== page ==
Two factors are necessary for the success of a one-person play. The central character must be compelling – a visionary, often a maverick, with a distinctive personality, and a fine-tuned sense of humor. And, the actor playing the role must possess the chops to pull it off. Jayne Atkinson is up to the challenge, nailing the persona of Ann Richards, the firebrand former governor of Texas known for her outspoken, brash manner who was, nonetheless, so embraced by voters that she won election as a Democrat in a solidly red state.
Kristen Van Ginhoven, artistic director of WAM Theatre in the Berkshires, approached Atkinson about directing a production of the play. After giving the offer some thought, Atkinson told Van Ginhoven she didn’t want to direct Ann, she wanted to be Ann. Following a short run in the Berkshires, in October, 2018, the play opened this week at Arena Stage. Once again, Arena Artistic Director Molly Smith’s timing is impeccable. In the run up to the 2020 presidential election, six women are competing to be the Democratic nominee. Richards, and others like her, helped to pave the way for these women to be considered serious candidates. Richards first came to public attention when as the Texas State Treasurer, she delivered the keynote speech at the 1988 Democratic National Convention. She was elected governor in 1991.
The script by Holland Taylor, who also played the role on Broadway in 2013, opens with Richards behind a podium, addressing a college graduating class, explaining in her folksy manner how she went from being a mom and homemaker to the governor’s mansion in Austin. Wearing a faux Chanel white business suit (costume design by Jess Goldstein) and sporting Richards’ signature snow white bouffant (wig design by Paul Huntley), Atkinson mimics the governor’s appearance. But it’s the performance itself that draws us into the character. Atkinson has Richards’ Texas twang down, but it seems natural not overdone. While Richards’ father doted on her, constantly telling her she was smart, her mother “viewed her with a narrow eye.” That scrutiny, however, helped produce Richards’ tough skin.
She’s honest about the breakup of her marriage to civil rights activist Dave Richards, saying simply, they grew apart. Richards, who would ultimately die from esophageal cancer in 2006, when she was 73, was always forthright about her early life spent smoking and drinking too much. After an intervention by friends, she entered rehab. “So I like to think I broke a barrier for politicians with an addiction in their past,” she jokes. “And nowadays, hell, you can’t hardly even get into a primary unless you’ve done time in rehab.”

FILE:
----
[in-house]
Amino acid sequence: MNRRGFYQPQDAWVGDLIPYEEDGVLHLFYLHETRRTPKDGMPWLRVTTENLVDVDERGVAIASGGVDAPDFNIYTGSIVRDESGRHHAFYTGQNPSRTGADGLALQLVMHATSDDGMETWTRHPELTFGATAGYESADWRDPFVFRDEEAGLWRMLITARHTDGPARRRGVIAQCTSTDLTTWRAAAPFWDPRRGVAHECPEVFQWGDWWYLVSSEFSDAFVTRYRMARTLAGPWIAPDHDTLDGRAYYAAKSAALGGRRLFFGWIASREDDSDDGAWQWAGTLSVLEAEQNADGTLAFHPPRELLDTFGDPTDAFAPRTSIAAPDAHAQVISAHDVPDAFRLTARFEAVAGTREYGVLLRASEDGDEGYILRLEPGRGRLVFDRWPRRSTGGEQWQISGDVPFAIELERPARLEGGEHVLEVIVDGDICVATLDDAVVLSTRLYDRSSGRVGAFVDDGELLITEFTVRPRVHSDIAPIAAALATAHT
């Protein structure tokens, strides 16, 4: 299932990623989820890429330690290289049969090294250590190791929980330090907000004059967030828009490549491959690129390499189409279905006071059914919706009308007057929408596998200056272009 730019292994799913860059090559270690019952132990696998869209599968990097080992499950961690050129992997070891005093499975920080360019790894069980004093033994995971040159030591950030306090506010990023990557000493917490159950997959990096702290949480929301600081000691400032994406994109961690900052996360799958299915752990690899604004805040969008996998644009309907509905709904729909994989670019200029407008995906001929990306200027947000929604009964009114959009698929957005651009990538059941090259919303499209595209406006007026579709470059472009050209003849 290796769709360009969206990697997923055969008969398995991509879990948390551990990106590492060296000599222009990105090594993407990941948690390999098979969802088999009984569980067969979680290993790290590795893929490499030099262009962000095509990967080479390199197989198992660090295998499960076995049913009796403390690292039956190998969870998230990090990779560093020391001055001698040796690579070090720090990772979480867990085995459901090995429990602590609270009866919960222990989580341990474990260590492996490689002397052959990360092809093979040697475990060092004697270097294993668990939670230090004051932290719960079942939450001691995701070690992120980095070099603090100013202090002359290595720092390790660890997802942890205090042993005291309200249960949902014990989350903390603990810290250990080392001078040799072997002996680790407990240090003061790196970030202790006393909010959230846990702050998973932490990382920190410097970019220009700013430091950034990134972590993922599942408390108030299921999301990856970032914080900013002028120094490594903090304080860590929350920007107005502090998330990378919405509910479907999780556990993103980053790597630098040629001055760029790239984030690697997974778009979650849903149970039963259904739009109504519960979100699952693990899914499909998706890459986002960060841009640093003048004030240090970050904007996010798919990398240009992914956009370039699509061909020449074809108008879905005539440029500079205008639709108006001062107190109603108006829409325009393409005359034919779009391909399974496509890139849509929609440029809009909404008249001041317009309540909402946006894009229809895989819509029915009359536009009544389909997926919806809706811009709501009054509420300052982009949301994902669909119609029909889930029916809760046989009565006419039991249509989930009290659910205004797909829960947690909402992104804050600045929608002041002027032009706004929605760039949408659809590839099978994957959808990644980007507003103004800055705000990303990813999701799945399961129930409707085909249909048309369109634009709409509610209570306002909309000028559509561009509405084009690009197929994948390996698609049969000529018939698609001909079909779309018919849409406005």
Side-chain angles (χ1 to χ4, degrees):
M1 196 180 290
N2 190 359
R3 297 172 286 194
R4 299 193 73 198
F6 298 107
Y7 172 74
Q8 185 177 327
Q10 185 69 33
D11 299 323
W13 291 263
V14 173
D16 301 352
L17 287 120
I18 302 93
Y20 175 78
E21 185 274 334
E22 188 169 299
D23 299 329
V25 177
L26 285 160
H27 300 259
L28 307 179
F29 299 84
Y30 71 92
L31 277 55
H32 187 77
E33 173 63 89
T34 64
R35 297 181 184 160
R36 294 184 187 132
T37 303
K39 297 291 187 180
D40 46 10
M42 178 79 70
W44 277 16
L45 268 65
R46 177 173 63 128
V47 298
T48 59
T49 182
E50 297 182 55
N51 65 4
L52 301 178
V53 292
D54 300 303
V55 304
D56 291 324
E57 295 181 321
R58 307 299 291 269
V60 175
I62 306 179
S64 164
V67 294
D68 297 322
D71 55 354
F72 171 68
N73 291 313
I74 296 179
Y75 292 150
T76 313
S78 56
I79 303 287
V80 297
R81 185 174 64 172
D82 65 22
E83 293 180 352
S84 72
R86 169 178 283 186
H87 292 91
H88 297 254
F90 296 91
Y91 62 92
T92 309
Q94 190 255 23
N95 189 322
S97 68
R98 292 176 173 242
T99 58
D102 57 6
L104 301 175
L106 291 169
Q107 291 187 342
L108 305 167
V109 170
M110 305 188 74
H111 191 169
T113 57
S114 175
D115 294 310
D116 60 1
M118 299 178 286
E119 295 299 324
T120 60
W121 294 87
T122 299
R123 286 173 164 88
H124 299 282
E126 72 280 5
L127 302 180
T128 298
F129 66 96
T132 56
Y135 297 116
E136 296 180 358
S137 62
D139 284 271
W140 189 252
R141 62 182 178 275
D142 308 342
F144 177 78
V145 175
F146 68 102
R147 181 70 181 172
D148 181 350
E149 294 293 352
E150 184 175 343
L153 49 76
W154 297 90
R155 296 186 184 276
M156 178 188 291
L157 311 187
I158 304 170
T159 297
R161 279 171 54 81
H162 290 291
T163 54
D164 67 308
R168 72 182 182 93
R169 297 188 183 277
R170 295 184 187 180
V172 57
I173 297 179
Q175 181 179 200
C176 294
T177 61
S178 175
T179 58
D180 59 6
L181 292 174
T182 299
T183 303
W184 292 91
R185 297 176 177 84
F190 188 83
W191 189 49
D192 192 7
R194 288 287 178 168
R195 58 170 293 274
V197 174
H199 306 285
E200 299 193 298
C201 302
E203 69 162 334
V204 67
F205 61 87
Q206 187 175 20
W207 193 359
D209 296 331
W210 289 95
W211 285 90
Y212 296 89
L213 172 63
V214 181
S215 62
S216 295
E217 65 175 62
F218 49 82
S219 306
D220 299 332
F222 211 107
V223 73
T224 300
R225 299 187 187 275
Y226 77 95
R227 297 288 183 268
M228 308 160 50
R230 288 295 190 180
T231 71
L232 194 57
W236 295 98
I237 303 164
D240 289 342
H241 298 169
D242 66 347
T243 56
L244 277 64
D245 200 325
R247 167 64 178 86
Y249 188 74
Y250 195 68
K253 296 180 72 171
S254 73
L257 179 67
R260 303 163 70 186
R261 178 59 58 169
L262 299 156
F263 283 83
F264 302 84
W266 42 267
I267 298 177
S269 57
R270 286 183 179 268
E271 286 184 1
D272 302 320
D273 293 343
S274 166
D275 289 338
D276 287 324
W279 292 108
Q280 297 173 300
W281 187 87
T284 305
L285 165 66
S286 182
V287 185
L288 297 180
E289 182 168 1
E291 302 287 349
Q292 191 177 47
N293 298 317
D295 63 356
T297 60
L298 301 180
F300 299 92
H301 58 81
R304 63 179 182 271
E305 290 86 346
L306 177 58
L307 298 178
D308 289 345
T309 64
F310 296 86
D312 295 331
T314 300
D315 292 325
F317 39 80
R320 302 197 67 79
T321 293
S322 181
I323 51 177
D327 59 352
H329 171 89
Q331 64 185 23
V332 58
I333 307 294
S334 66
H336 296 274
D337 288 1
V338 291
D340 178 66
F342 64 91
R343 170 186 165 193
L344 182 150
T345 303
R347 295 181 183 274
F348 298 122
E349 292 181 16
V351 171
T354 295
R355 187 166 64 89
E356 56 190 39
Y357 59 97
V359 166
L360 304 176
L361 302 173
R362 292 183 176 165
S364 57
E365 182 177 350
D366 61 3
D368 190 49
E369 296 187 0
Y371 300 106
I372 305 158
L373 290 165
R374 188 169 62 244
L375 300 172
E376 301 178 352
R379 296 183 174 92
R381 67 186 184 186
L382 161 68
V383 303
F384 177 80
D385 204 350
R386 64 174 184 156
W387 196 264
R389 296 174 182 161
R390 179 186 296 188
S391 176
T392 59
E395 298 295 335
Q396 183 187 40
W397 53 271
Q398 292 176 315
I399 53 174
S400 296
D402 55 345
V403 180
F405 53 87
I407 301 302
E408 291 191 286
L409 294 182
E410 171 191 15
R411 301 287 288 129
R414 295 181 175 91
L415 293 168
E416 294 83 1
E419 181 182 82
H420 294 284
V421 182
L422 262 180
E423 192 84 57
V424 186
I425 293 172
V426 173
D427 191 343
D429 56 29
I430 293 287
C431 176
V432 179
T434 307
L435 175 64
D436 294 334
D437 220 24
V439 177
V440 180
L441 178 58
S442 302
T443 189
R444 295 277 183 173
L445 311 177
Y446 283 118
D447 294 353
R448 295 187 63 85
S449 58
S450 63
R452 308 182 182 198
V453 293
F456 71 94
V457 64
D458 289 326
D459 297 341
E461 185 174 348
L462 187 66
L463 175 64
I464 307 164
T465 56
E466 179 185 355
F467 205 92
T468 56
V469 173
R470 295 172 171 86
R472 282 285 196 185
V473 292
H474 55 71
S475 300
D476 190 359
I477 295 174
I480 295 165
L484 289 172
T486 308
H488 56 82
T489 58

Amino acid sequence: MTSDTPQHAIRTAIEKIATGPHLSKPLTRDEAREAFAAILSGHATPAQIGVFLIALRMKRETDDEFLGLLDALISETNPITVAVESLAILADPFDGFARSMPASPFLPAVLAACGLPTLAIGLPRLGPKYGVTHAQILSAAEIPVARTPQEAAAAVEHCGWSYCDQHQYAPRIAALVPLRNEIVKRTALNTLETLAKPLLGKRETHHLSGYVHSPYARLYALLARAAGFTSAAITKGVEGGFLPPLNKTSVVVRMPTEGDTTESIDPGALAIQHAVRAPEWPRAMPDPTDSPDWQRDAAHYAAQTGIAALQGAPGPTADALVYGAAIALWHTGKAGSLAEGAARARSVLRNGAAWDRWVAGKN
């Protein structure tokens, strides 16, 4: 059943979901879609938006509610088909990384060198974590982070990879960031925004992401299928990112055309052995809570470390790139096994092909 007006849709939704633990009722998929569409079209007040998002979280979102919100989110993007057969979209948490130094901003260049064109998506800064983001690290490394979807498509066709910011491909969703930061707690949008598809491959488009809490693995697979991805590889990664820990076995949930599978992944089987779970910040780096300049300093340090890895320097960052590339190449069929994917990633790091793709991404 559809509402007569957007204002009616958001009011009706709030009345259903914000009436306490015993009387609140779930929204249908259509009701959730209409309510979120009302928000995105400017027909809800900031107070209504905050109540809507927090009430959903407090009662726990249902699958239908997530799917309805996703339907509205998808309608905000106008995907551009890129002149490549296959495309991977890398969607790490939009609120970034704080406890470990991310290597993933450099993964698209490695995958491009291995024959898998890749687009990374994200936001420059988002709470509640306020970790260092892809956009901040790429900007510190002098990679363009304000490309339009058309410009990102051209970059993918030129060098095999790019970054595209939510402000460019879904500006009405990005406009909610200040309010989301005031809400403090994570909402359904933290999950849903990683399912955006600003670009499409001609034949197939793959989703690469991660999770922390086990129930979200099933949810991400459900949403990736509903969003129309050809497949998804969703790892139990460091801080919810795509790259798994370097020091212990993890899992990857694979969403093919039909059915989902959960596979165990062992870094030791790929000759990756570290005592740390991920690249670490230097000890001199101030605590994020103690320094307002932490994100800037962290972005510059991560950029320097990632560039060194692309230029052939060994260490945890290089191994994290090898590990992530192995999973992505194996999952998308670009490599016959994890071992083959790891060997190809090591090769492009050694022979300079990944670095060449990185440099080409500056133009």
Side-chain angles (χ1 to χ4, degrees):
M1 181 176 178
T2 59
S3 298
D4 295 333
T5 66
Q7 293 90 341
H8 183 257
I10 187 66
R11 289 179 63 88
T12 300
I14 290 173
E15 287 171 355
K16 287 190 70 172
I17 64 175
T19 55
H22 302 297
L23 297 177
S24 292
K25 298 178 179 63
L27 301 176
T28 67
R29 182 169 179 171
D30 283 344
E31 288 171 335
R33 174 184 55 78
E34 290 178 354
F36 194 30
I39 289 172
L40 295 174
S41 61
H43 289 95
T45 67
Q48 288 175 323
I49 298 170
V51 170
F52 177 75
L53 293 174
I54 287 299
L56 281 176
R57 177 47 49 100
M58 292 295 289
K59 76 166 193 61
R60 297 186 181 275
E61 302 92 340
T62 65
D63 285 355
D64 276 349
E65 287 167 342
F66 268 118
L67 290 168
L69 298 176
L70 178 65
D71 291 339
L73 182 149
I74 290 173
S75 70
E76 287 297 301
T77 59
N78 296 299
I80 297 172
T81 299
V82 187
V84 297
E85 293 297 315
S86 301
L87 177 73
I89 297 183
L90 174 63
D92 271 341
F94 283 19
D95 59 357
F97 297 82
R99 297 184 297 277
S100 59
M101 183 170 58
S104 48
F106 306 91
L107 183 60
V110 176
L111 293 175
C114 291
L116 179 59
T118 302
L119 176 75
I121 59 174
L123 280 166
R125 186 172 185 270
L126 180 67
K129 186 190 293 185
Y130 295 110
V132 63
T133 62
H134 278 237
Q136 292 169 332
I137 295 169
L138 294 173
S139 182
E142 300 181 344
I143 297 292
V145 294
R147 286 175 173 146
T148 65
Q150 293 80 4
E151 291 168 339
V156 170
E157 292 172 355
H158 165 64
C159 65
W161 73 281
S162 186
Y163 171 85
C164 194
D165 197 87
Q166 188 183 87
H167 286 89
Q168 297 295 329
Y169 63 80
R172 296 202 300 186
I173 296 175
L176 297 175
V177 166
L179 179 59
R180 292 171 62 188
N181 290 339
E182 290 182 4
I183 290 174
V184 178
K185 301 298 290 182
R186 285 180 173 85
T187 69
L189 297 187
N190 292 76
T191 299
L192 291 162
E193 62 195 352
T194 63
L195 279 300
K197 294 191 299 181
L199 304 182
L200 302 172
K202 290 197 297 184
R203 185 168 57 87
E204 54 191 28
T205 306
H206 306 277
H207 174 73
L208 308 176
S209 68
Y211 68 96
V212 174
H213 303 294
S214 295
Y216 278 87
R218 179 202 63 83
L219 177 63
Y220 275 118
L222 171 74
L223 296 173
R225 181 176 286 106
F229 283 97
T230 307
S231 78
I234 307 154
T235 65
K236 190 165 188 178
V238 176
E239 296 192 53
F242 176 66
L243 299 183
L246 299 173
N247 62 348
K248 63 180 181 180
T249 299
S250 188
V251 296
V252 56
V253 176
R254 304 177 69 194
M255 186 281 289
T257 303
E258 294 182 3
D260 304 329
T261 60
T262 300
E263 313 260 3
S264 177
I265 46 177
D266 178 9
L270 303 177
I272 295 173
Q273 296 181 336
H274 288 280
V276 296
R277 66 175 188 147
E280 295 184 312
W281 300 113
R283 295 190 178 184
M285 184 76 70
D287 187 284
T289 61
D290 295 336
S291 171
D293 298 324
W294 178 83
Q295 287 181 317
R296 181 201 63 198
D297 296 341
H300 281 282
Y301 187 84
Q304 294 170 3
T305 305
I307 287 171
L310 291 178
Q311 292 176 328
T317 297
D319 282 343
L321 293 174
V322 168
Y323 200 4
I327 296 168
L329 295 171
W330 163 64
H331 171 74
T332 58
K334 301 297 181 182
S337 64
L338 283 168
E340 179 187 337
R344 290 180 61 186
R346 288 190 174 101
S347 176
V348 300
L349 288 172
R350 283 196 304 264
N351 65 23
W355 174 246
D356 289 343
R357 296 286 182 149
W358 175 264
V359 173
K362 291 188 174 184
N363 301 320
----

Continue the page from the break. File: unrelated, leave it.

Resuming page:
It was fortunate that Richards embraced sobriety before she became governor and confronted the pressures of being the state’s top elected official. The set, designed by Juliana Von Haubrich, transforms the stage into the governor’s office, a large executive desk dominating the space. Atkinson remains the sole presence, although we hear the voice of her assistant, Nancy Kohler (Julie White), who fields phone calls from individuals, the most prominent being President Bill Clinton. In the background are the sounds of a protest outside the governor’s mansion, demanding a pardon for a prisoner on death row. Although the man committed a heinous crime, Richards cites his horrific upbringing (as a child he was placed on a hot stove by his father), and she considers granting a stay. She complains to Nancy that the news is saying she didn’t take a call from Mother Teresa. “I was giving a speech! It’s not like I hung up on her,” she explains.
Atkinson is in constant motion, taking off her shoes, twisting the long cord on her desk phone as she circles her desk. Richards fields as many calls from her children as from dignitaries, a nod to how women, even those in top positions, must continue to juggle work and family. An upcoming holiday has Richards assigning each of her children to bring various dishes, all while smoothing over one son’s anger about a rigged game of charades at the last get together. (“No one would have been able to act out Rob Lowe’s latest sex tape,” she tells her daughter, Cecile.)
When Richards was 11, her father entered the Navy and the family moved to California. Attending a school that was desegregated gave her the first glimpse of racial disparity. And it gave her a compelling reason later on in life to run for governor. “Life is not fair,” she observes. “I learned that when I was 11 years old. Life is not fair. But government should be.”
Something that should echo during the 2020 campaign.
Photos by Margot Schulnan
Directed by Kristen Van Ginhoven
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